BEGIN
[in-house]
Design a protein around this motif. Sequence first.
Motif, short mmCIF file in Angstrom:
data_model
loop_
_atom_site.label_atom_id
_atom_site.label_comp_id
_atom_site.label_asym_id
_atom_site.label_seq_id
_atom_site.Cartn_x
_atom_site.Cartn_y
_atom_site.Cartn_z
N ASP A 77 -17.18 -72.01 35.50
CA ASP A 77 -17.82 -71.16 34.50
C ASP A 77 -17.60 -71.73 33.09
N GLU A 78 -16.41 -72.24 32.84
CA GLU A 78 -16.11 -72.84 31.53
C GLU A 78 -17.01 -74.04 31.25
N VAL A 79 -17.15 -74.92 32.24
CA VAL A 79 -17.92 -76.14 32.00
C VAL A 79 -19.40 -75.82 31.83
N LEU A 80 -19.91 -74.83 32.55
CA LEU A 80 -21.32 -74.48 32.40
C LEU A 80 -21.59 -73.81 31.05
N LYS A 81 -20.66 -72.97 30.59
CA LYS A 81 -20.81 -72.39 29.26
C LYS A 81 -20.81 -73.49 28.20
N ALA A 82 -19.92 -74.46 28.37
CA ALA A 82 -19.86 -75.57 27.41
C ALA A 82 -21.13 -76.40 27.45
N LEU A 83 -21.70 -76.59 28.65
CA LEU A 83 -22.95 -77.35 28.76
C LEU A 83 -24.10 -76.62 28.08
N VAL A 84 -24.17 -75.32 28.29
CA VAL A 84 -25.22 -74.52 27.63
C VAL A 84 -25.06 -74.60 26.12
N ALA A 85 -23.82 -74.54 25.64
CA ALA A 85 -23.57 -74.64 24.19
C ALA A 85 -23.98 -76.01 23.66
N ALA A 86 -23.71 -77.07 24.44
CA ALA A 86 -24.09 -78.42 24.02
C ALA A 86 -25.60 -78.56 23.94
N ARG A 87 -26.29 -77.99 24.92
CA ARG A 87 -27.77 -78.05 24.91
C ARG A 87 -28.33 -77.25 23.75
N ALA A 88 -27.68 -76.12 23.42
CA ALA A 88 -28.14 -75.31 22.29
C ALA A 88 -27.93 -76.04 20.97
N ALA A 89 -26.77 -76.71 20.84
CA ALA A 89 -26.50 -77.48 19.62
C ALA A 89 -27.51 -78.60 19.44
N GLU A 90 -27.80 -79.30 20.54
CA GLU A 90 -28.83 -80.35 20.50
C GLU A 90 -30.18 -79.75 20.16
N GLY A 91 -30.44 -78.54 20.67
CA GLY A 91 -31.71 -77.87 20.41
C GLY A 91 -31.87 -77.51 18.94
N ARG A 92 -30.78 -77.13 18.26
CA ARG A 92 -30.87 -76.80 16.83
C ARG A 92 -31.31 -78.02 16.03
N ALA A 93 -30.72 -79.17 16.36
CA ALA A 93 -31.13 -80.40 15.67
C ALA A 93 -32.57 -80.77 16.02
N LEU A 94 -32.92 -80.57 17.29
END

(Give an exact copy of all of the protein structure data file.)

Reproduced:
[in-house]
Design a protein around this motif. Sequence first.
Motif, short mmCIF file in Angstrom:
data_model
loop_
_atom_site.label_atom_id
_atom_site.label_comp_id
_atom_site.label_asym_id
_atom_site.label_seq_id
_atom_site.Cartn_x
_atom_site.Cartn_y
_atom_site.Cartn_z
N ASP A 77 -17.18 -72.01 35.50
CA ASP A 77 -17.82 -71.16 34.50
C ASP A 77 -17.60 -71.73 33.09
N GLU A 78 -16.41 -72.24 32.84
CA GLU A 78 -16.11 -72.84 31.53
C GLU A 78 -17.01 -74.04 31.25
N VAL A 79 -17.15 -74.92 32.24
CA VAL A 79 -17.92 -76.14 32.00
C VAL A 79 -19.40 -75.82 31.83
N LEU A 80 -19.91 -74.83 32.55
CA LEU A 80 -21.32 -74.48 32.40
C LEU A 80 -21.59 -73.81 31.05
N LYS A 81 -20.66 -72.97 30.59
CA LYS A 81 -20.81 -72.39 29.26
C LYS A 81 -20.81 -73.49 28.20
N ALA A 82 -19.92 -74.46 28.37
CA ALA A 82 -19.86 -75.57 27.41
C ALA A 82 -21.13 -76.40 27.45
N LEU A 83 -21.70 -76.59 28.65
CA LEU A 83 -22.95 -77.35 28.76
C LEU A 83 -24.10 -76.62 28.08
N VAL A 84 -24.17 -75.32 28.29
CA VAL A 84 -25.22 -74.52 27.63
C VAL A 84 -25.06 -74.60 26.12
N ALA A 85 -23.82 -74.54 25.64
CA ALA A 85 -23.57 -74.64 24.19
C ALA A 85 -23.98 -76.01 23.66
N ALA A 86 -23.71 -77.07 24.44
CA ALA A 86 -24.09 -78.42 24.02
C ALA A 86 -25.60 -78.56 23.94
N ARG A 87 -26.29 -77.99 24.92
CA ARG A 87 -27.77 -78.05 24.91
C ARG A 87 -28.33 -77.25 23.75
N ALA A 88 -27.68 -76.12 23.42
CA ALA A 88 -28.14 -75.31 22.29
C ALA A 88 -27.93 -76.04 20.97
N ALA A 89 -26.77 -76.71 20.84
CA ALA A 89 -26.50 -77.48 19.62
C ALA A 89 -27.51 -78.60 19.44
N GLU A 90 -27.80 -79.30 20.54
CA GLU A 90 -28.83 -80.35 20.50
C GLU A 90 -30.18 -79.75 20.16
N GLY A 91 -30.44 -78.54 20.67
CA GLY A 91 -31.71 -77.87 20.41
C GLY A 91 -31.87 -77.51 18.94
N ARG A 92 -30.78 -77.13 18.26
CA ARG A 92 -30.87 -76.80 16.83
C ARG A 92 -31.31 -78.02 16.03
N ALA A 93 -30.72 -79.17 16.36
CA ALA A 93 -31.13 -80.40 15.67
C ALA A 93 -32.57 -80.77 16.02
N LEU A 94 -32.92 -80.57 17.29